It has now been 50 days since we moved into our lake home. And, we couldn’t be happier.
Yes, there was PAIN in the transition. But, we won’t focus on that 🙂
We have been blessed by many family member visits (the 4 boys, my parents, our nephew and his family, my brother and his family) including their help unloading the U-Haul, unpacking, “beginning” to get ourselves organized and tidying up the place.
All we can say, as stated on the set of coasters my brother Roger gave us, is:
I’m reminded daily of what a very good church friend of ours (who owns a home on the water) frequently says: There is ALWAYS something happening at the lake.
To be clear, he isn’t referring to ANY hustle and bustle that can be found in a town or city…
When Cindy and I were on the hunt for our new home we scoped out over 30 lakefront properties inside of 30 days. We had the opportunity to view some beautiful houses with terrible waterfront, some awful cottages with breathtaking waterfront and many properties in between. To be honest, I was prepared to jump on any number of these (projects). Fortunately, Cindy would have none of it 🙂
Finally, we visited what could truly be considered a home. How did we know? Well, after thoroughly viewing the property and being fairly impressed we were struck by what we considered our sign. That is, as we were exiting the basement to the yard, facing the lake, Cindy called our attention to a fox trotting across the property. The way her story goes is that the fox stopped for a moment, looked at her and said, with attitude: “Uh-huh, I’m a fox.” and then continued on its way.
We were sold.
Since moving in we have experienced an abundance of wildlife and natural phenomenon.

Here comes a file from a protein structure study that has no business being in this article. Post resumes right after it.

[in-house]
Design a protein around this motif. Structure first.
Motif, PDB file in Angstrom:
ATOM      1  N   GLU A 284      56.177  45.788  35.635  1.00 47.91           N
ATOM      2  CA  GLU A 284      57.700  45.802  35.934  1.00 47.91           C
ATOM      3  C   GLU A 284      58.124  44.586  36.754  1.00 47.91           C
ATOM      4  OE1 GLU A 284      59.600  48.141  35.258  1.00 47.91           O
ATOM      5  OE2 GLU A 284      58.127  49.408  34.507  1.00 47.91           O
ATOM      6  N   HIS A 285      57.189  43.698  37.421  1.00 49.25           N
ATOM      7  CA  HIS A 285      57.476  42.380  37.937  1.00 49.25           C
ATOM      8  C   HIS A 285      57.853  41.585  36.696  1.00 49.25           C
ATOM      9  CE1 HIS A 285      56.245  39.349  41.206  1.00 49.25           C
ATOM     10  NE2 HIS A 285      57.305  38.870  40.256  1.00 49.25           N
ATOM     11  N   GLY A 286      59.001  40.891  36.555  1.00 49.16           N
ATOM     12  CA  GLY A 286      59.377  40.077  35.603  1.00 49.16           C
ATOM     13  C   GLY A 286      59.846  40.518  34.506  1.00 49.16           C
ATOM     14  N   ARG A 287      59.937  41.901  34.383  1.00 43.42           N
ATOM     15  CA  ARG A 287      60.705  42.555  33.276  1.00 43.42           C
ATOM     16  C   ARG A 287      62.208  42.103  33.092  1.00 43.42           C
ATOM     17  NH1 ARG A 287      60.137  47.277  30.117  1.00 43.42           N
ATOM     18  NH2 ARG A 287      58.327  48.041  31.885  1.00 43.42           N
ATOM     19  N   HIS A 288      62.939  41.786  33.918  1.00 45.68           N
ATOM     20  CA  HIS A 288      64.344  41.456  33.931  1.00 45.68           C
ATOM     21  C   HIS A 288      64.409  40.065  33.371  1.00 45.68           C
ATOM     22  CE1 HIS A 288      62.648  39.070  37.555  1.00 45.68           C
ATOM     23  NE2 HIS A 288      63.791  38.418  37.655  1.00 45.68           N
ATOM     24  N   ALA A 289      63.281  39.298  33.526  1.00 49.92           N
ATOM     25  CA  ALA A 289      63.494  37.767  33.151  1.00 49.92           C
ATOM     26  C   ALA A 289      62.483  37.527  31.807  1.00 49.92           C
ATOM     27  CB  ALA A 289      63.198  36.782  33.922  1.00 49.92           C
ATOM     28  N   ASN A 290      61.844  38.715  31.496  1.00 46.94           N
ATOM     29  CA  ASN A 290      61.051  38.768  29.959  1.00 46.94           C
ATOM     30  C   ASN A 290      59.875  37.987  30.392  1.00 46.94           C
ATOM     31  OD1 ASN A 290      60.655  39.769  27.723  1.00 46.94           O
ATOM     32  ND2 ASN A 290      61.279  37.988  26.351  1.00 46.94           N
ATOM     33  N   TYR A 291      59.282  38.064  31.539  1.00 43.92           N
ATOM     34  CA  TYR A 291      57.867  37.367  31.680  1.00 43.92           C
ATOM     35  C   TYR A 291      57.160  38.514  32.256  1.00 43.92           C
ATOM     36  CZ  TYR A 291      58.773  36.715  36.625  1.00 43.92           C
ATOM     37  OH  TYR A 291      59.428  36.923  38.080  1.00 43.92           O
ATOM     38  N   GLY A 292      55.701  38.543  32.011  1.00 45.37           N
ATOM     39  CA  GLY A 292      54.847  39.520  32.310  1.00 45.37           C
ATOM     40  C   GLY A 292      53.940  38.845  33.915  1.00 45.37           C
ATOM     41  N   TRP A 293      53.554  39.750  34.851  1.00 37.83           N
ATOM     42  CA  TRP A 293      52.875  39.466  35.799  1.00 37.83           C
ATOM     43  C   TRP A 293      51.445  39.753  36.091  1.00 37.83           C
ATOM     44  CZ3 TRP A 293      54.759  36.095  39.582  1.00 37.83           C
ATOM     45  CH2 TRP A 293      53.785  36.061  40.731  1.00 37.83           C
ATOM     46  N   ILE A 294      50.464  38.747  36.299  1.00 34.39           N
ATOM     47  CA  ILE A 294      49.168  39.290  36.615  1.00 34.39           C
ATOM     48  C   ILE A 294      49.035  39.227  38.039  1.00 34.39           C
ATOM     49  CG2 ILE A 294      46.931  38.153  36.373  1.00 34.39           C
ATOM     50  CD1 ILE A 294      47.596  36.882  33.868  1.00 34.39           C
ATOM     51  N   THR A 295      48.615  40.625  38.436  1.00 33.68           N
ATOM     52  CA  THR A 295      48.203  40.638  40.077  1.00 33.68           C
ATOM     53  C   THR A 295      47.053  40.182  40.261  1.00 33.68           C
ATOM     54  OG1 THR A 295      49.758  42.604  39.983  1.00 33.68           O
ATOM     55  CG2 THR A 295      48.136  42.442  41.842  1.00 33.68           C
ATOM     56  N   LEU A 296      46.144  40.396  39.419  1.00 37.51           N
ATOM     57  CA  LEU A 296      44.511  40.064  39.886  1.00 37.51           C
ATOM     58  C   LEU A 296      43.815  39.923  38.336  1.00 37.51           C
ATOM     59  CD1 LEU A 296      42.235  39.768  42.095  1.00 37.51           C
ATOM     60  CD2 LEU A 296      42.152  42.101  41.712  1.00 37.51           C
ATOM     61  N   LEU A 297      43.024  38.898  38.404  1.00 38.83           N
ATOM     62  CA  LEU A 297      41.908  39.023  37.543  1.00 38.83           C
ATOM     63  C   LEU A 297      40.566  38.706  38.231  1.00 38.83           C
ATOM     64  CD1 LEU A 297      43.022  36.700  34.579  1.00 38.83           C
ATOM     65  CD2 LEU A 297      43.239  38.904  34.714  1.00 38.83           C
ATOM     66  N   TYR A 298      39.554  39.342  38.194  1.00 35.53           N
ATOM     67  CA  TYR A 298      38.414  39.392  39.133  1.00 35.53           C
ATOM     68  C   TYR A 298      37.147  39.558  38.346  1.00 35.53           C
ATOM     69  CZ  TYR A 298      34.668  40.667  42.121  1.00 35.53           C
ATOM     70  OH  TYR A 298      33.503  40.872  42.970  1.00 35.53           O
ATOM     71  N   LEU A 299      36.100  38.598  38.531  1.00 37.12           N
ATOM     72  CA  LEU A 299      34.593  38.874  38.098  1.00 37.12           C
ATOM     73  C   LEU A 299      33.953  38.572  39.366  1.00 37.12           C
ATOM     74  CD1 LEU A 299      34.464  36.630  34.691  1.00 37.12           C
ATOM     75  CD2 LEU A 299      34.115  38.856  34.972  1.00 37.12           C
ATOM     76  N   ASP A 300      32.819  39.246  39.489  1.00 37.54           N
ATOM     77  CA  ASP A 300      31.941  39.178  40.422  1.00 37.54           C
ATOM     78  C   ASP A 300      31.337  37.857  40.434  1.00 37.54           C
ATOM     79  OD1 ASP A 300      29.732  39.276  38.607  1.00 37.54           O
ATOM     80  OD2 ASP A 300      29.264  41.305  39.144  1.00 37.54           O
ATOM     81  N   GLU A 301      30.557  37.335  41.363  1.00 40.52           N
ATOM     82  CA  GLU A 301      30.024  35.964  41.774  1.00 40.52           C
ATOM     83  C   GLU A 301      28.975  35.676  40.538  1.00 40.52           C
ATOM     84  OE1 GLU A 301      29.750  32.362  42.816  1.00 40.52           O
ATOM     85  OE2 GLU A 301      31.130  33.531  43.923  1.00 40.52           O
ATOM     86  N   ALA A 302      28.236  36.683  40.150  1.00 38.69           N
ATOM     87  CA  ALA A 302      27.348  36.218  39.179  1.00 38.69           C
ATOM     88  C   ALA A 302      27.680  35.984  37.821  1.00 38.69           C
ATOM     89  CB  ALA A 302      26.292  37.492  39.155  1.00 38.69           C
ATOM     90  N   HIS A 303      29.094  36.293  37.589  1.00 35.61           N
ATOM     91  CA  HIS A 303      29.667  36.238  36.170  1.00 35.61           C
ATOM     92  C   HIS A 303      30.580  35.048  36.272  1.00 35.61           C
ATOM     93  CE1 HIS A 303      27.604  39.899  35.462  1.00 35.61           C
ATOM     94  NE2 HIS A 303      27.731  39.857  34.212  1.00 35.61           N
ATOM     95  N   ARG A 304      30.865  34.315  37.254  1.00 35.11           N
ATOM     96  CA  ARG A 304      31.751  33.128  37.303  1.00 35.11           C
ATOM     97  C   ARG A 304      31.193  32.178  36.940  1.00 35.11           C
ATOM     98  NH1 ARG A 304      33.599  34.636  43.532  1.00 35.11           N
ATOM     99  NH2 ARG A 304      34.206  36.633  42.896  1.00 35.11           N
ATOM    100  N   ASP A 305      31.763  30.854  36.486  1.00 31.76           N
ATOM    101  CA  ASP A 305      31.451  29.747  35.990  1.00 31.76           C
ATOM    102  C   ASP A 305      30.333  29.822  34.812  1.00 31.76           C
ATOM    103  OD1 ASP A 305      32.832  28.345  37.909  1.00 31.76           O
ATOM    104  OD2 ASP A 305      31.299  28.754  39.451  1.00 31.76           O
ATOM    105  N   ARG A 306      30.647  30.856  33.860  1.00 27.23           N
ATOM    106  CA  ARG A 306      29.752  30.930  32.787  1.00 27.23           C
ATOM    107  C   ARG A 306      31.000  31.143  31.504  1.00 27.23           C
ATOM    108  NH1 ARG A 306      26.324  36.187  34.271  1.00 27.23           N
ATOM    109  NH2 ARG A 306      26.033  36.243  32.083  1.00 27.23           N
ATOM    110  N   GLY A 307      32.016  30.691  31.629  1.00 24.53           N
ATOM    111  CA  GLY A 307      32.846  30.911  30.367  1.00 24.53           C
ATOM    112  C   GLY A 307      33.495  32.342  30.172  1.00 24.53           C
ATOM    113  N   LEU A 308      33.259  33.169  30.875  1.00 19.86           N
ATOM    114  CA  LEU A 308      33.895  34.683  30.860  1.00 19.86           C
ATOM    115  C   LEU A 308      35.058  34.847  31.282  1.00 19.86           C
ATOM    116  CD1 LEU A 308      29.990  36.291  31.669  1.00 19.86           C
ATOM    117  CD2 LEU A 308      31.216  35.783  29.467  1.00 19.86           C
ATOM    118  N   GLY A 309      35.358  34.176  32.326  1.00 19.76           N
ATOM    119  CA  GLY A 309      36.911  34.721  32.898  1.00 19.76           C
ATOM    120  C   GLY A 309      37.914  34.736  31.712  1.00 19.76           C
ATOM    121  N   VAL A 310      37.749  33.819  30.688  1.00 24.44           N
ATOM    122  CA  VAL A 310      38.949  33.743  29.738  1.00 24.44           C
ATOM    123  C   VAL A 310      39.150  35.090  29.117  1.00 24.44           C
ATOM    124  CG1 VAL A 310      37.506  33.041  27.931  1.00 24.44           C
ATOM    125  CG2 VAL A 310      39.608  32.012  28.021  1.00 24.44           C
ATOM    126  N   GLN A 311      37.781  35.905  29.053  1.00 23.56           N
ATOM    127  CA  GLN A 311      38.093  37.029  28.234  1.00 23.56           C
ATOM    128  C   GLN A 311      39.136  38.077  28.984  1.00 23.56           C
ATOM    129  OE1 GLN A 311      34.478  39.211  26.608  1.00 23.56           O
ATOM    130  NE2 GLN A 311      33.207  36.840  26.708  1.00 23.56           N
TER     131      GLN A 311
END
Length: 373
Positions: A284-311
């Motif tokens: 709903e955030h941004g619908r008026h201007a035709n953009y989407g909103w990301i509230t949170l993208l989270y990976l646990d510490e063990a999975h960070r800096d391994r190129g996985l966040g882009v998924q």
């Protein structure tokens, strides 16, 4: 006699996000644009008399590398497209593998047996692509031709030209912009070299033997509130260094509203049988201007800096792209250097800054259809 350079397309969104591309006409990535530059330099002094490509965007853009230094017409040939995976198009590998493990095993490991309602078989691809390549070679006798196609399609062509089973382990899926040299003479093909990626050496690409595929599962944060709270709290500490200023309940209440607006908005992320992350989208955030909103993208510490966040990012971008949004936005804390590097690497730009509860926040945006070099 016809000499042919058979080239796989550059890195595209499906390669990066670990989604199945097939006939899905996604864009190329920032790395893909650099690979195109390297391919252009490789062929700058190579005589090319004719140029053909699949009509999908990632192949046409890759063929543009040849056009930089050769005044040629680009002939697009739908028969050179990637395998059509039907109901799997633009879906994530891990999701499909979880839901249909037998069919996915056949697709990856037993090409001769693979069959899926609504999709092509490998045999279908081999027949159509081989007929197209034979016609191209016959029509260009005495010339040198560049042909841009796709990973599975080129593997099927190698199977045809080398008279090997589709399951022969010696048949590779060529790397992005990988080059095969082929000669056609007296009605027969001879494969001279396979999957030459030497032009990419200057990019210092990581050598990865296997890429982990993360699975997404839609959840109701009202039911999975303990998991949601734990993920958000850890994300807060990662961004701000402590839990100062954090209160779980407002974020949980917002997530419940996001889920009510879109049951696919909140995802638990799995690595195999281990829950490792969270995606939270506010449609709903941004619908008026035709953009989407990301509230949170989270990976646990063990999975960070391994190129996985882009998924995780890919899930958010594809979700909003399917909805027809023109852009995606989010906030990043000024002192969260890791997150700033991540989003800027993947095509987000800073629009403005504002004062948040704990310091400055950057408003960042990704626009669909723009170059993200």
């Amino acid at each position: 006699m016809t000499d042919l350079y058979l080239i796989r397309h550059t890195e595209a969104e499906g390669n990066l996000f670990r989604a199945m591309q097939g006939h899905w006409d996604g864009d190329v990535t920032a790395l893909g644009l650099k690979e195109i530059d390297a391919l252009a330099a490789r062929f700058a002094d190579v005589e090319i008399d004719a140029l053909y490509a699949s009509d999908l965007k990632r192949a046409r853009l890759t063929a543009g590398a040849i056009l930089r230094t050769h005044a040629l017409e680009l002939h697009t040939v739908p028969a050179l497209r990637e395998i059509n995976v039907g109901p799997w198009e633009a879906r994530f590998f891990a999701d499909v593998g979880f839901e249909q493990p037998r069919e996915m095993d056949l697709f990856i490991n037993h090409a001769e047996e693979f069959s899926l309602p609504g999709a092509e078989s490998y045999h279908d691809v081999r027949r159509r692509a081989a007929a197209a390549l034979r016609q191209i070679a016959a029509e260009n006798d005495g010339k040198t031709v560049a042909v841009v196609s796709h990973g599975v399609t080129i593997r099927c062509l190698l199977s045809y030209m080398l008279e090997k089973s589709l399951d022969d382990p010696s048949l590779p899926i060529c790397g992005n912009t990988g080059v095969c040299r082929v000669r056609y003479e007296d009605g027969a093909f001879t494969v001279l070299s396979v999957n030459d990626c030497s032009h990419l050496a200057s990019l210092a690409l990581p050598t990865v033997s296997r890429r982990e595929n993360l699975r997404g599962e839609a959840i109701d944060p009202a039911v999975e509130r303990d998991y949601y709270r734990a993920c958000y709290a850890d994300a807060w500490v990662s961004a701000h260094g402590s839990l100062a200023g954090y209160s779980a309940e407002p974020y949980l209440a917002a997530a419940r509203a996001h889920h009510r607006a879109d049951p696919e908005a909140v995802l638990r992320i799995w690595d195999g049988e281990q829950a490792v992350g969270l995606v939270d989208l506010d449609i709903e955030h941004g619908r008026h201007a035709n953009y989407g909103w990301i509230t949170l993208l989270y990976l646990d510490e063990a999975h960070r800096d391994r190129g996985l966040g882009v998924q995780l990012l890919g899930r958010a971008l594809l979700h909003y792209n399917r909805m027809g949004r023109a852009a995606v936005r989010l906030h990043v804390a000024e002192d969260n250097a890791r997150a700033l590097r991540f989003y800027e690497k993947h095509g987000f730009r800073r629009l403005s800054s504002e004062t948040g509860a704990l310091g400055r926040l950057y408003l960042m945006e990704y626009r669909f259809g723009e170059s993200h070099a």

During our first night’s stay, Cindy said she spotted a deer drinking from the lake. Unfortunately, she didn’t wake me for this so I had to (jealously) believe her. The next day I was able to confirm her sighting after finding MANY deer tracks clearly planted in the ground along the shore. Since then fresh deer tracks have continued to appear but we’ve yet to experience another sighting.
Until about 2 weeks ago our little cove had been frequented daily by ducks, loons and mergansers.
The ducks show-up quietly by swimming into the cove or by a more pronounced arrival as they come in for a landing, skimming gracefully across the surface of the water. In watching the ducks feed Cindy would comment: Look, a duck. Then, as it plunged its head underwater to feed she would say: Oh no, its a penguin. If you’ve ever seen a duck feeding you might make the same duck/penguin observation 🙂
Our ducks have since flown south.
Surprisingly, even yesterday I heard loons calling in the distance.
And, we are still viewing mergansers, although not up close, as our cove has begun to freeze over.
To be honest, until we were on the hunt for our lake home, I didn’t know what a merganser was. We had seen them before (at Mooselookmeguntic Lake) but never did the research to confirm the name.